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Daily Times Editorial 6 June 2020

3m job loses likely

 

Getting the economy back on track, especially creating millions of jobs, is clearly going to require some out of the box thinking on the part of the government. According to a letter from the finance ministry to the Senate, approximately three million jobs will be lost in the country in the “initial round” of the coronavirus outbreak. This is one of those news items whose impact is not felt any less even though it is pretty much written on the wall. With the economy shut down for more than a fortnight, and many small business already closed down with no hope of revival, the job market has indeed suffered endlessly because of the pandemic. And let’s not forget that the going wasn’t exactly easy before the virus came. Low growth, high inflation and rising unemployment was already pushing jobs and businesses to the limit. And now there’s the reality of the global recession to deal with as well.
This is by no means a normal moment in the history of the world. As the international media is pointing out, we are at a point when most, if not all, economies of the world are near or below zero percent growth. It is precisely such crises that effectively eat up weak economies with chronic low growth and high debt; especially if they have very large populations, with a frightening number of people living below the poverty line. The state bank tried to calm nerves the other day, implying that we might have it easier than most countries going forward. But the governor should also have broken down the facts a little bit. The revenue stream is badly broken. Tax and export earnings, not to mention remittances, are all declining sharply. And authorities are struggling to get the IMF program back on track. There is the prospect of limited debt moratorium from G20 countries, but very little beyond that.
The finance ministry has very rightly noted that the expected 3m job losses is only an initial round figure. And since there’s still no end in sight as far as the fight against the coronavirus goes, there’s no telling how many more rounds might await us. Rather than take comfort in the fact that some of our numbers might be a little better than some other countries, the government is advised to quickly put an action plan in place. But with all sorts of income compromised, at least for the foreseeable future, it will be interesting to see what they fall back on other than more loans. *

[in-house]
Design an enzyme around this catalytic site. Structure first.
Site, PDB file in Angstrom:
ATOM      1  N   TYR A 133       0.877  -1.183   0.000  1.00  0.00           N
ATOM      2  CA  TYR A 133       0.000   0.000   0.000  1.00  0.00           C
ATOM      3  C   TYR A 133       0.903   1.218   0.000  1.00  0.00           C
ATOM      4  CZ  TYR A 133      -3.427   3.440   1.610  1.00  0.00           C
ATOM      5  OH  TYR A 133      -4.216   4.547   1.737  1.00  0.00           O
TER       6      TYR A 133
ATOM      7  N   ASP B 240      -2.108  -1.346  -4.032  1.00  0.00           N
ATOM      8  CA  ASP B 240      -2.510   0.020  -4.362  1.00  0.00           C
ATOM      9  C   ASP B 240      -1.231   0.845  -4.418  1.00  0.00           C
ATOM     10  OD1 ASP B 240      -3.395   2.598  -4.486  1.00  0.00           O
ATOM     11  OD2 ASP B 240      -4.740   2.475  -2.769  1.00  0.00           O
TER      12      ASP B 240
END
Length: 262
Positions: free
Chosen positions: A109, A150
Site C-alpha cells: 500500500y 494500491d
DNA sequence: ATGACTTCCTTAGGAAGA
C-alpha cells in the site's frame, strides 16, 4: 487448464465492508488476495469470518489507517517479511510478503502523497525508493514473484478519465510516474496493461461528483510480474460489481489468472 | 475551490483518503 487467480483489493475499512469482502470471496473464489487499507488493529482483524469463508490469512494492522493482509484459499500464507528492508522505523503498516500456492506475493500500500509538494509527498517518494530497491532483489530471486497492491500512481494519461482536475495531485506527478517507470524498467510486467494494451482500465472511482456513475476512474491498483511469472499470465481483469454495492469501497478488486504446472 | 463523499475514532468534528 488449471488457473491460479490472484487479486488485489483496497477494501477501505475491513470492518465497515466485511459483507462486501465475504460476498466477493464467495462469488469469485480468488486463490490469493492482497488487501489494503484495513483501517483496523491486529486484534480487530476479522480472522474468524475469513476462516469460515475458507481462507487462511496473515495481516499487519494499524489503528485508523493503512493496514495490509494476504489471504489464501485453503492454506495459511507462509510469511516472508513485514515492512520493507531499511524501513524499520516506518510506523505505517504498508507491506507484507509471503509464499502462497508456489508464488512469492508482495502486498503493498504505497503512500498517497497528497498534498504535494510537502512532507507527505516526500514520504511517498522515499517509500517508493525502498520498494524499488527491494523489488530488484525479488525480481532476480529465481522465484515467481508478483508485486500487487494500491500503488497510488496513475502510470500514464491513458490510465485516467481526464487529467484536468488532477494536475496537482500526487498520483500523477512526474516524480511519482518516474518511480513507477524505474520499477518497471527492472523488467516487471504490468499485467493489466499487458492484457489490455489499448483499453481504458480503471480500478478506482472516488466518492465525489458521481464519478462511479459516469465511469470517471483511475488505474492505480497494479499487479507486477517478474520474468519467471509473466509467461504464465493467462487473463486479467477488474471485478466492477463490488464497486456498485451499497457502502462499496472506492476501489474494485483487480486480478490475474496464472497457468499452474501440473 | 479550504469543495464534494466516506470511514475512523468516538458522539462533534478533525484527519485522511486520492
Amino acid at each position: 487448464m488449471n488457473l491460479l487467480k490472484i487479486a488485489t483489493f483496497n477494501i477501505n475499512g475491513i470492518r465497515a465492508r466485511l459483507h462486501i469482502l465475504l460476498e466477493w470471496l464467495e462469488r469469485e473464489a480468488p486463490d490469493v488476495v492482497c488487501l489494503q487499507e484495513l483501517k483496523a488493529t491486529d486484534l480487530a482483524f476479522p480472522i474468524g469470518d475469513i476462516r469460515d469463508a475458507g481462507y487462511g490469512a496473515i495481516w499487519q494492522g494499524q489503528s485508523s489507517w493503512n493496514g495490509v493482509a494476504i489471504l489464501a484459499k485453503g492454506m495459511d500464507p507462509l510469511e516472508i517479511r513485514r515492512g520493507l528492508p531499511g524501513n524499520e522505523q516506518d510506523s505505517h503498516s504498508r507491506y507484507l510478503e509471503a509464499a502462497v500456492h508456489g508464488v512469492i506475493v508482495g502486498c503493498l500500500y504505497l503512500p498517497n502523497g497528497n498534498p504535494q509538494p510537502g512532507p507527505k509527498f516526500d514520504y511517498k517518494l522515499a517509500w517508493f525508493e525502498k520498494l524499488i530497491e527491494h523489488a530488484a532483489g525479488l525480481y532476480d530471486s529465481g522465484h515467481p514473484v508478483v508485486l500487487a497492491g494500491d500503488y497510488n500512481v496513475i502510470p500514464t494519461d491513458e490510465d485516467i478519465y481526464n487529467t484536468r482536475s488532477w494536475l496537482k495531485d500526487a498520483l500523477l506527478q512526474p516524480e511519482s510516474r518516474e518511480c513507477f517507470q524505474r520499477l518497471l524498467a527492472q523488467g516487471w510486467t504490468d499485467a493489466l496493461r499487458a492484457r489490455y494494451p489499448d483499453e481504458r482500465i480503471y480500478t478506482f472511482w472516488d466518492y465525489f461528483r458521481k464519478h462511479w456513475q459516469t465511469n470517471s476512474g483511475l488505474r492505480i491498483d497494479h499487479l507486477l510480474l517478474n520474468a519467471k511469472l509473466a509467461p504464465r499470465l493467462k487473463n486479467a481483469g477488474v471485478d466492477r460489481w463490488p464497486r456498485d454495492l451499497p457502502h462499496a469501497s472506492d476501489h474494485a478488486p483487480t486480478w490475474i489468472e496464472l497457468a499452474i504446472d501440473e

PSM lesson for PTI

 

There’s little that can be done with run down state enterprises that hemorrhage billions of rupees every year and are and endless burden on the taxpayer than wrap them up for good and, better yet, fetch whatever small price they can on the market while they still have a name. And this argument should, in normal circumstances, also hold true in the case of the PSM (Pakistan Steel Mills). But then that also begs the obvious question: why did PTI leaders go out of their way and make the case for its revival, and large claims about never letting it get privatised, when they say on the other side of the aisle? For there is no shortage of videos going viral, showing passionate speeches by Imran Khan, Asad Umar, and other PTI leaders about how deeply they cared about PSM as well as the thousands of employees that worked there. What now of promises that should PTI, when in power, dismiss the workers some PTI leaders would stand with them instead of the party?
And it’s not as if privatisation is a straight forward affair, especially when it comes to Pakistan’s public sector enterprises. Putting them up for sale in the shape that most of them are in makes very little sense, since it would amount to giving away the family silver for a nickel. And doing what the present government is considering to do is hardly any smarter. If you can turn it around and make it good enough to sell, why can’t you get it back in shape and keep running it? It is because of the weight of just such arguments that this paper has never backed any government’s wild promises in favour of large scale privatisation.
PTI has gone back on so many of its promises in its two years in power that it seems to have become quite comfortable with not keeping its word. It can’t be that nobody in the party had any idea of how badly PSM was really doing before winning the election. If the general public did, then they must have also. They made similar excuses about the economy; that they simply did not know how bad things were. Could it really be that none of them watched the news before coming to power? There is a valuable lesson in the PSM drama of the last few years for PTI, just like there have been lessons every time it chose to take a U-turn on an important policy position. Its leaders must, finally, learn to weigh their words before making tall claims. Such issues usually become big problems when time for the next election arrives.
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